- Gandalf gives Thorin the Map of Thrór and the key in the troll cave rather than back at Bag End.
- Up in the mountains, there are no stone giants playing games amidst the storm.
- Gandalf is missing in the cave when the goblins emerge, rather than sleeping when it happens. The Dwarves run into the tunnel rather than being grabbed.
- The Dwarves do not fight the goblins in the tunnel.
- Bilbo specifically asked Gollum what he has in his pocket rather than muttering it aloud to himself. Gollum does not even try to guess instead of demanding three guesses. Only four riddles are said in the movie (there were ten in the book).
- Bilbo pulls the ring out of his pocket after Gollum says he's looking for his "golden ring, magical ring."
- Bilbo has no trouble getting out the back door; no Goblins to sneak by or tight spots to fit through.
- Rather than meet the Wargs in the forest, the Goblins come with them, riding on them and wielding torches (despite the Wargs' fear of fire in the book).
- The Great Eagles do not take the company to their eyries, but to the edge of Mirkwood, bypassing Beorn (who does not appear in the movie).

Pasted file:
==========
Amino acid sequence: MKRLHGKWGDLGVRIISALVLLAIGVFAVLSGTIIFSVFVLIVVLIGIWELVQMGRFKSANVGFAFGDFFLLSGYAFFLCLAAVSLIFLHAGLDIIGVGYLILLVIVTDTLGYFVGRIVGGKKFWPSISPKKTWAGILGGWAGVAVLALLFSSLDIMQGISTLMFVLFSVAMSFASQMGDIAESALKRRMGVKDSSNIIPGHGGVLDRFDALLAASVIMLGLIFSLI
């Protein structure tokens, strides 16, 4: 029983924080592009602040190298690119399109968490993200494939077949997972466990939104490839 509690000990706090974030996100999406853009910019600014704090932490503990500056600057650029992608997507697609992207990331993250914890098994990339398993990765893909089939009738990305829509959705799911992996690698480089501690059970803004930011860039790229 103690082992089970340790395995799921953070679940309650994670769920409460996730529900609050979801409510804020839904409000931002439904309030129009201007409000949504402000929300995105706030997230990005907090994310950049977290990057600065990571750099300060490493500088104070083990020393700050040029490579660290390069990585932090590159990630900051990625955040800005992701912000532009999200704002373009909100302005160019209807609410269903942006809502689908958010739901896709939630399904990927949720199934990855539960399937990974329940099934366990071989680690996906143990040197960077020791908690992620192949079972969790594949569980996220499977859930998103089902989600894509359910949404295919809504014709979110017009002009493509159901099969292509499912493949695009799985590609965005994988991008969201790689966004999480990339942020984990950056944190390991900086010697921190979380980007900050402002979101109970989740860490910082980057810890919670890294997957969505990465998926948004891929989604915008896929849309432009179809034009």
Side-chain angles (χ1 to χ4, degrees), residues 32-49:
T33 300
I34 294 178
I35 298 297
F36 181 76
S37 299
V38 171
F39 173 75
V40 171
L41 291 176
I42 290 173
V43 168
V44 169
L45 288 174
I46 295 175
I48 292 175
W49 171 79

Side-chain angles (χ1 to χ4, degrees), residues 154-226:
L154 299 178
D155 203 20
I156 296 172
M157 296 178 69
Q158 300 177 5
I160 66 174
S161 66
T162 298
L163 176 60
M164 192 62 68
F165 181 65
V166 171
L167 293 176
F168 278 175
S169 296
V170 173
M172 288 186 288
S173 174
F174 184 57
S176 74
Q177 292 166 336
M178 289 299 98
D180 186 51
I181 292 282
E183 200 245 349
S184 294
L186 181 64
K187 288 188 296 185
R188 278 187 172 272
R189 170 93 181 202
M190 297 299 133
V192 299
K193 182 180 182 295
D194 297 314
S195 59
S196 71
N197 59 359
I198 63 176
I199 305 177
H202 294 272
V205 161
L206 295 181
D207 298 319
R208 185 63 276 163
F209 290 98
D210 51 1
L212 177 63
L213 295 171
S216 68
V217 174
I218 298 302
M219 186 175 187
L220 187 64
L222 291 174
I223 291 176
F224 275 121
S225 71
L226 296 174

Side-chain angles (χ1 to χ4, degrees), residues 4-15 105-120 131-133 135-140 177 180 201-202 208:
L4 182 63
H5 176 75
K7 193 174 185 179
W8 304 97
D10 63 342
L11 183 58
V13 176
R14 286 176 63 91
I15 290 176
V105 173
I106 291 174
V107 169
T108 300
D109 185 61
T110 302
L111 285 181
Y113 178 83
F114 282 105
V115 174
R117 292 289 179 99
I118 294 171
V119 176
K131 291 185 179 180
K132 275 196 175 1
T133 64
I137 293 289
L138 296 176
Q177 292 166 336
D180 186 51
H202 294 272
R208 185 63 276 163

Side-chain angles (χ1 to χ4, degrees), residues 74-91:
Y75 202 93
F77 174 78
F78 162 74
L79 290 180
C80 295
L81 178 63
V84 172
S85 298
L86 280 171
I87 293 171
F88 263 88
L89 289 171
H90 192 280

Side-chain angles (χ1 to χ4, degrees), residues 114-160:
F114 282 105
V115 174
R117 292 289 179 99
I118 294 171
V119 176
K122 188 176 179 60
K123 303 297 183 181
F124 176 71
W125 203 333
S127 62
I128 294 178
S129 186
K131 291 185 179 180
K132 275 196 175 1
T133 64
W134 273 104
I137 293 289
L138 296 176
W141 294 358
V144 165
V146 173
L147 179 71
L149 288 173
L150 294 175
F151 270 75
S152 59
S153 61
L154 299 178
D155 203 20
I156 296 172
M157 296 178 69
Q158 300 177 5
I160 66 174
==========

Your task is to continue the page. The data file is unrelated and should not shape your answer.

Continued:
- The incident at the enchanted river, including Bombur's magical sleep, is omitted.
- Bilbo has to fight and kill only four spiders rather than dozens and dozens. Bilbo's sword, Sting, always glows in the movie regardless of whether goblins are nearby or not.
- Thorin is captured with the other Dwarves by the spiders and then the Wood-elves rather than before them.
- The feasts of the Wood-elves are omitted (yet are referred to in Bilbo's log after the Wood-elves capture him and the Dwarves).
- There is no stop over from the journey via barrels from the Wood-elves' castle to Lake-town.
- There is no Master in Lake-town; Bard the guardsman runs the city.
- The company does not make camp at the base of the mountain.
- Balin does not go with Bilbo into the secret entrance.
- Bilbo has only one audience with Smaug and the thrush is present. Bilbo orders the thrush to seek Bard to tell him of Smaug's weakness.
- The Arkenstone and all that goes with it is omitted.
- Roäc the raven is omitted. In the book, the ravens tell the Dwarves that Smaug is slain and is sent to Dáin to call for assistance. In the movie, the Dwarves wait, lost inside the Lonely Mountain for a week and it is never explained why Dáin arrives at such an opportune moment.
- The company discovers the two armies coming when they are on the doorstep rather than being warned in advance.